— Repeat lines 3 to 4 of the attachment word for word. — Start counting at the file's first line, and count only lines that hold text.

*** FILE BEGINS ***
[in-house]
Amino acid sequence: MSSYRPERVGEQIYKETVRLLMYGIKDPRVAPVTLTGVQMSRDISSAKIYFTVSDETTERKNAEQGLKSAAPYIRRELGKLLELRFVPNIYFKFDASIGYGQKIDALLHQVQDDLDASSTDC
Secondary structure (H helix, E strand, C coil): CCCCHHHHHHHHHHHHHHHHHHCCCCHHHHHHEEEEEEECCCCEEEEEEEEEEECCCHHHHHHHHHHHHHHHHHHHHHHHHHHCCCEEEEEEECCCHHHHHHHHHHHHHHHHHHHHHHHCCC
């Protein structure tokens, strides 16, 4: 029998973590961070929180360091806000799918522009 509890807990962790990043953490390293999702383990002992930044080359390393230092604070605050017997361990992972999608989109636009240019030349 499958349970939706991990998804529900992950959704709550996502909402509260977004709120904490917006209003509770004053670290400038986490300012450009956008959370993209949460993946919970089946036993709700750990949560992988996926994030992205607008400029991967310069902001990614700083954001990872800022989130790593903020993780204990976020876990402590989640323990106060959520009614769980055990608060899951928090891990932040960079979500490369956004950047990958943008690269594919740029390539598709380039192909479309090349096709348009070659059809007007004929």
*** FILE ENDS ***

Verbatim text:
Secondary structure (H helix, E strand, C coil): CCCCHHHHHHHHHHHHHHHHHHCCCCHHHHHHEEEEEEECCCCEEEEEEEEEEECCCHHHHHHHHHHHHHHHHHHHHHHHHHHCCCEEEEEEECCCHHHHHHHHHHHHHHHHHHHHHHHCCC
């Protein structure tokens, strides 16, 4: 029998973590961070929180360091806000799918522009 509890807990962790990043953490390293999702383990002992930044080359390393230092604070605050017997361990992972999608989109636009240019030349 499958349970939706991990998804529900992950959704709550996502909402509260977004709120904490917006209003509770004053670290400038986490300012450009956008959370993209949460993946919970089946036993709700750990949560992988996926994030992205607008400029991967310069902001990614700083954001990872800022989130790593903020993780204990976020876990402590989640323990106060959520009614769980055990608060899951928090891990932040960079979500490369956004950047990958943008690269594919740029390539598709380039192909479309090349096709348009070659059809007007004929």